ROGER FEDERER: I'm happy that I won today. But I don't know if I'm happy to be the guy, you know, in 40 years. People talk more about my age because of numbers, of records like this (smiling).

I guess it's great. Yeah, I'm happy.

Q. You've played in 65 straight slams before you made the conscious effort to skip some. How hard was that?
ROGER FEDERER: I mean, it wasn't that simple. It was simple in the sense that I went to Paris. That was the first one I missed last year. I went there and I was doing fitness with my fitness coach. After like 10 minutes, I looked at him and said, I don't know what we're doing in Paris seriously. My knee is swollen. I don't feel ready to go. It's maybe the toughest tournament out there. My back is funny. My knee is not well. What are we doing?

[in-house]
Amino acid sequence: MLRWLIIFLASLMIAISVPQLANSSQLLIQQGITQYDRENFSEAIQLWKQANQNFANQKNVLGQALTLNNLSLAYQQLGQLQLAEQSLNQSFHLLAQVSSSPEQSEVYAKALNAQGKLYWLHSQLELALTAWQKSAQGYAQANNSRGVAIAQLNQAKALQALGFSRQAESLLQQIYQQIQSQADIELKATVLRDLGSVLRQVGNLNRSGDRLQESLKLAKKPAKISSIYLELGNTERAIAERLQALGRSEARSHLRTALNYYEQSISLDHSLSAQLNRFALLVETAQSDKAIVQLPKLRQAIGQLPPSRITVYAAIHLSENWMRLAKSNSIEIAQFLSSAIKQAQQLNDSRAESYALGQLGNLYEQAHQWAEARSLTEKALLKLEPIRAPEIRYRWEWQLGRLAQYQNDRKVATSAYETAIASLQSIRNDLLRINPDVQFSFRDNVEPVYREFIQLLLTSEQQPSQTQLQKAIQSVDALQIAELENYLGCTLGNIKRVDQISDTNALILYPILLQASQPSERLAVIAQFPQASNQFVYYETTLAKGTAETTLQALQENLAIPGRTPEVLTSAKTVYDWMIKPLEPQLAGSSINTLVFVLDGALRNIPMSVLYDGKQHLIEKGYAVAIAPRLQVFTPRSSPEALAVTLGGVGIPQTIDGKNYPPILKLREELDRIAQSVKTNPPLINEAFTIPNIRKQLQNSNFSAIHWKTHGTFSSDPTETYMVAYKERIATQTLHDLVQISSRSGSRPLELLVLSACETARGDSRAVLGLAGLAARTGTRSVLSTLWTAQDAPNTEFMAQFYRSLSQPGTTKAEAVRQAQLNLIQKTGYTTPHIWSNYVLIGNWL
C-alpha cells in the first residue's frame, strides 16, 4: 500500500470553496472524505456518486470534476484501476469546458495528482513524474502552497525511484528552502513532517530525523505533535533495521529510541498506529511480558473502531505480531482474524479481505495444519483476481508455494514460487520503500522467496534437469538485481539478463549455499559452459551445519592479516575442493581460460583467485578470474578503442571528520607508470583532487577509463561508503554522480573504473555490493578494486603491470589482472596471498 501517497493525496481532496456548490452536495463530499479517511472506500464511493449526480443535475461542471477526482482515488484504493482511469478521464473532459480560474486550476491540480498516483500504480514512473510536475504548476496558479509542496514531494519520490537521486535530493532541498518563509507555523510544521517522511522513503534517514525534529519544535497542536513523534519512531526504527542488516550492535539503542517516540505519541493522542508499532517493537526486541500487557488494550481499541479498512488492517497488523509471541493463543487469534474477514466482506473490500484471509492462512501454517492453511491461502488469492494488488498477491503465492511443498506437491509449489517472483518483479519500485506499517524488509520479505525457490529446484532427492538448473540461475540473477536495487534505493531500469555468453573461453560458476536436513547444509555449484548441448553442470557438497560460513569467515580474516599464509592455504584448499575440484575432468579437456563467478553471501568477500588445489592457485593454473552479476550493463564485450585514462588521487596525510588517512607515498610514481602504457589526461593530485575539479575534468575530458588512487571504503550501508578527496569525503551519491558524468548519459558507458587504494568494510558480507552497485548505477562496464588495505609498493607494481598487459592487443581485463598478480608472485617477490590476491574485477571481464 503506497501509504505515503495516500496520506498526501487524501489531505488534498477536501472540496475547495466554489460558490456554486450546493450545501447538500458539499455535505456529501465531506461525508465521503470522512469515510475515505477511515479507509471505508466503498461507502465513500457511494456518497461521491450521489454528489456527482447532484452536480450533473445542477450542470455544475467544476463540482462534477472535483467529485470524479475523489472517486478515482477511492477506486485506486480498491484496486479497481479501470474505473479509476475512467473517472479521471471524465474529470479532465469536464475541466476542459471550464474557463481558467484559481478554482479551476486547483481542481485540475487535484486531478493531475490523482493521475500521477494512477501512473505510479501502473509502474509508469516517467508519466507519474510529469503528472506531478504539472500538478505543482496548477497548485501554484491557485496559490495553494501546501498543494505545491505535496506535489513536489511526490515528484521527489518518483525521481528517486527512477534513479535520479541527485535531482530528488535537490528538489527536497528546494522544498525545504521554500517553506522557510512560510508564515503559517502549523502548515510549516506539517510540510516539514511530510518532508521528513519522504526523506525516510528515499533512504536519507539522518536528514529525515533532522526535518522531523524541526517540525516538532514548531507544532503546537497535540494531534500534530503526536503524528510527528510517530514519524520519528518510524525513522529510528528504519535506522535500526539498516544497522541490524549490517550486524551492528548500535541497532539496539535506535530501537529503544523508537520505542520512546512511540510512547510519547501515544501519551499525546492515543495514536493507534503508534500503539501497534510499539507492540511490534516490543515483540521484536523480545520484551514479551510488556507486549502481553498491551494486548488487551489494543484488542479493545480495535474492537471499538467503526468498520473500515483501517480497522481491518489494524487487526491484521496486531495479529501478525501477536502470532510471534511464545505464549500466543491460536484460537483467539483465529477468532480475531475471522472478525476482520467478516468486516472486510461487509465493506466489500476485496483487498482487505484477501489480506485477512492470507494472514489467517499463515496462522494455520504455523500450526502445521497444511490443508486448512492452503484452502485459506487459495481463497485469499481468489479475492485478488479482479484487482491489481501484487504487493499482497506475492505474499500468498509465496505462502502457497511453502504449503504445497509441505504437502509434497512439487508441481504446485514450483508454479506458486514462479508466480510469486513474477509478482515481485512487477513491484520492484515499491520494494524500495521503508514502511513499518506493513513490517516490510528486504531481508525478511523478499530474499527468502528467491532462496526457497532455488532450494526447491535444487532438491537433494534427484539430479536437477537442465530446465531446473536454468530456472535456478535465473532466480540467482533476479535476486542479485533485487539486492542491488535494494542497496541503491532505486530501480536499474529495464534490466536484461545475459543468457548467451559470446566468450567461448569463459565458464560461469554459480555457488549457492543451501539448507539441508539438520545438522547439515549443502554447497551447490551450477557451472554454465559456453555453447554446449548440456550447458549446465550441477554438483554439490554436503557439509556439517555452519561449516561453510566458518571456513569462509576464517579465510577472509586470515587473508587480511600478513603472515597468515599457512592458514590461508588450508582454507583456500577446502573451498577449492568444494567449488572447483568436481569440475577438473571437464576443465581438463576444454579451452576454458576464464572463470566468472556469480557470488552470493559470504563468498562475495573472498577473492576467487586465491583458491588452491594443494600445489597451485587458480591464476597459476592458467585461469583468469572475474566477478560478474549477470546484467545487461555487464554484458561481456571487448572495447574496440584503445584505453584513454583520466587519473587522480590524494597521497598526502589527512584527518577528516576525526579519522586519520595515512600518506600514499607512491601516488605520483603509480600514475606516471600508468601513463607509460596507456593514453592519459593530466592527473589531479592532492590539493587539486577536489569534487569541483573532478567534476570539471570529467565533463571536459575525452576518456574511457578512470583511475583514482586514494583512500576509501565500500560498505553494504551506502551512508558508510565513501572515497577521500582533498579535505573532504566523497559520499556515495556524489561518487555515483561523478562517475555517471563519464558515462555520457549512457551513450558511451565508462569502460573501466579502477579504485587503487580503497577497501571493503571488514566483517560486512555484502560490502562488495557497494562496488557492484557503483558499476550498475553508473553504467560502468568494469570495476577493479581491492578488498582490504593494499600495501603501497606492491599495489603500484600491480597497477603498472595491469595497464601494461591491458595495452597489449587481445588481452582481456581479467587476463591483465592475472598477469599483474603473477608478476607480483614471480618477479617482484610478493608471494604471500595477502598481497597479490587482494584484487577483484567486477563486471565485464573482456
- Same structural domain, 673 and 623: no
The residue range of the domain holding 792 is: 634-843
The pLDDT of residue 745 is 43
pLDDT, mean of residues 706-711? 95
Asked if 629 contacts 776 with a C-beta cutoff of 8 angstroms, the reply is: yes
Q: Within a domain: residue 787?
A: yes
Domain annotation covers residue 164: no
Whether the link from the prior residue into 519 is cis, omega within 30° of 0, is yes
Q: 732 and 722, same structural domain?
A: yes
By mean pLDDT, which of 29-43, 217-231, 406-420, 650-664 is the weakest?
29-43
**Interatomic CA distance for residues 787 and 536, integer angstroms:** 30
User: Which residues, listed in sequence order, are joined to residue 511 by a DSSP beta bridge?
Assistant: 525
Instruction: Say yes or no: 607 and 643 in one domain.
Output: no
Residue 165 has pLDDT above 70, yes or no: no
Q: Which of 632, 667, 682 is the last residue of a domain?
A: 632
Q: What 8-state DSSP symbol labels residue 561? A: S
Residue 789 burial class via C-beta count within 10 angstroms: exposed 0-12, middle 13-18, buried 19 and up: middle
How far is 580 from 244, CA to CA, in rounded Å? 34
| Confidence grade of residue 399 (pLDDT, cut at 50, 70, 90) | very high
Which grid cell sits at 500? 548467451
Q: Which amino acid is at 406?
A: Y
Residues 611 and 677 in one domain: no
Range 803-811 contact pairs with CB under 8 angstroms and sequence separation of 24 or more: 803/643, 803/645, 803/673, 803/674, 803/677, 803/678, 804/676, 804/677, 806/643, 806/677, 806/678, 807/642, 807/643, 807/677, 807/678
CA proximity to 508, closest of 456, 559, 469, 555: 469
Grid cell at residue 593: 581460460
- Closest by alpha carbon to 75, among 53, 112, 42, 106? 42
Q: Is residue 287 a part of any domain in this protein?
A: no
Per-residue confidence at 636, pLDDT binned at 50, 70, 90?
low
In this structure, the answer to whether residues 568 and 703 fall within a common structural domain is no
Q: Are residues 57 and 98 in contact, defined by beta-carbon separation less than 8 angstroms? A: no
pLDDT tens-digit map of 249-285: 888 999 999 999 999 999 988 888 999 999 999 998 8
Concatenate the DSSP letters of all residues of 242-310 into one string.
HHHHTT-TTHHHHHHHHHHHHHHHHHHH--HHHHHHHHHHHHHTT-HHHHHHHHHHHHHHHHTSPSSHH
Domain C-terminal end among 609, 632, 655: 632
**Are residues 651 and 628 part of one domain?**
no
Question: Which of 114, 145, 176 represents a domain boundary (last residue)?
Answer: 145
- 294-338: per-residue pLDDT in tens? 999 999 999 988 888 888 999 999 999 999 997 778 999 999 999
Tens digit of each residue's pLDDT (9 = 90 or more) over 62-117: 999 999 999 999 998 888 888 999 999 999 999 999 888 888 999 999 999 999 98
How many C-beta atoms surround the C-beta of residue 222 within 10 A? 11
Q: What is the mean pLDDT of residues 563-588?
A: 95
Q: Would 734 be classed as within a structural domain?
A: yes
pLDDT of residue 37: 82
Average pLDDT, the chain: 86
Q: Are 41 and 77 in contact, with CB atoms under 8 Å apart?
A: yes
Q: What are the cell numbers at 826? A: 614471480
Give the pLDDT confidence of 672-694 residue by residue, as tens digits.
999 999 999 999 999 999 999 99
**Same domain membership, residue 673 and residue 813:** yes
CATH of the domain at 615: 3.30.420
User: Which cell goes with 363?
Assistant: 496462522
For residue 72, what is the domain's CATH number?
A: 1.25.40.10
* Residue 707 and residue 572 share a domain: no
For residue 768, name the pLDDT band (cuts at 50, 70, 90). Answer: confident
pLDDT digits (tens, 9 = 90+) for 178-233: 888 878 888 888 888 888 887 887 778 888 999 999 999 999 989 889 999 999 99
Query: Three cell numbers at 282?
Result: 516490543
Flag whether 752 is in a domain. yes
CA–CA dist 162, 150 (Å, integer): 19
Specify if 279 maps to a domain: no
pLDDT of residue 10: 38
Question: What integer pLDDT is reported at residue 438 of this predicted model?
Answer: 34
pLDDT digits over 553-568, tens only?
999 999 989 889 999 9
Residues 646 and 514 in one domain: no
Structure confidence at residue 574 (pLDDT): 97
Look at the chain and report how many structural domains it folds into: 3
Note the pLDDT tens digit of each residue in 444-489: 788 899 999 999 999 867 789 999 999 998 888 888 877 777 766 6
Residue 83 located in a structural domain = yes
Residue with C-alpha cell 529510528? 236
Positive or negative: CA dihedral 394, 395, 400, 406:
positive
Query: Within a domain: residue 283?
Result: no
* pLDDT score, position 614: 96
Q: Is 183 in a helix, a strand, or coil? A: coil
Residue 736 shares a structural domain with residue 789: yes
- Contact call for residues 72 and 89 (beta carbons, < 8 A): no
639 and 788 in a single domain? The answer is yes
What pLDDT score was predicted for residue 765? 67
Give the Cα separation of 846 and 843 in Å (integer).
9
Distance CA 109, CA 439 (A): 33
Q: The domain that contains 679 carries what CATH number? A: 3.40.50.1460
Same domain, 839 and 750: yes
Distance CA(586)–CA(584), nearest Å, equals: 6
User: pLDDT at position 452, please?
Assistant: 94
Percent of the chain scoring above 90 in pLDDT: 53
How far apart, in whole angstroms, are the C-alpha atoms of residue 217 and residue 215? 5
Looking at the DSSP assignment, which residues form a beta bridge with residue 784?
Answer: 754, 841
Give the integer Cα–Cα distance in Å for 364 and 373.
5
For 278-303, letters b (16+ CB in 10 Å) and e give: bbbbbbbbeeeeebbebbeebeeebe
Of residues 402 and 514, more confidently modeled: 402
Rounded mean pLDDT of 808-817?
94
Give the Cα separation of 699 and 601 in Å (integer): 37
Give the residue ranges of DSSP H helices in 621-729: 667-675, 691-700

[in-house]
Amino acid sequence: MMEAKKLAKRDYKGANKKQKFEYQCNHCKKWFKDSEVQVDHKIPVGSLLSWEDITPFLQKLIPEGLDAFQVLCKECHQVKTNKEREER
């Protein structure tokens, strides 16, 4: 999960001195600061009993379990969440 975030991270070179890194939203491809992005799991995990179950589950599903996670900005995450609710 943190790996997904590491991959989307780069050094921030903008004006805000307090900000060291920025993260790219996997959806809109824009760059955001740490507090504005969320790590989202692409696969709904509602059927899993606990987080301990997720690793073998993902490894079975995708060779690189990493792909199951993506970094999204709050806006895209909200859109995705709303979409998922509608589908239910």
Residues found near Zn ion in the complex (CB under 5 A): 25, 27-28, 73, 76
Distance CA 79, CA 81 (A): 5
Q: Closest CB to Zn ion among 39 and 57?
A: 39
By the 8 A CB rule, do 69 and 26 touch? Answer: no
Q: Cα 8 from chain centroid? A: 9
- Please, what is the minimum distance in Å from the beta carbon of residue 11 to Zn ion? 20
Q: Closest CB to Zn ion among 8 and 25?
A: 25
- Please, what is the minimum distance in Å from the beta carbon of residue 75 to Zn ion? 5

Instead of doing fitness or warmups, whatever we were trying to do, we were talking for an hour and a half until we got kicked out of the room because somebody else had booked it.

That's when I went to practice that afternoon or that next day. I was like, Actually, I don't feel so bad. But I was like, No, this is not going to work out.

As a team, we just decided that it's best to skip it. So it wasn't should I or shouldn't I. The body didn't really allow me to play, in my opinion.

It was hard. The first moment I felt relieved taking the decision. Then when it went official, people knew around the world I was not going to play in Paris, I got a little sad, I must admit, because I felt like it was a great record for me to keep going, 65 slams in a row.

But health is so much more important than trying to hang onto some sort of a record.

Q. You won the toss, I believe, opted not to serve. Why would you do that against such a big server as Raonic? What was going on?
ROGER FEDERER: I just wanted the other side to start. So I won the toss. I elected the side, which was more important to me than serving or receiving.

I know it's a bit of an odd choice, but I've done that sometimes in the past. It's more for me, when I walk on court, see how the sun is standing, the wind is blowing, I feel like that's where I want to be, yeah.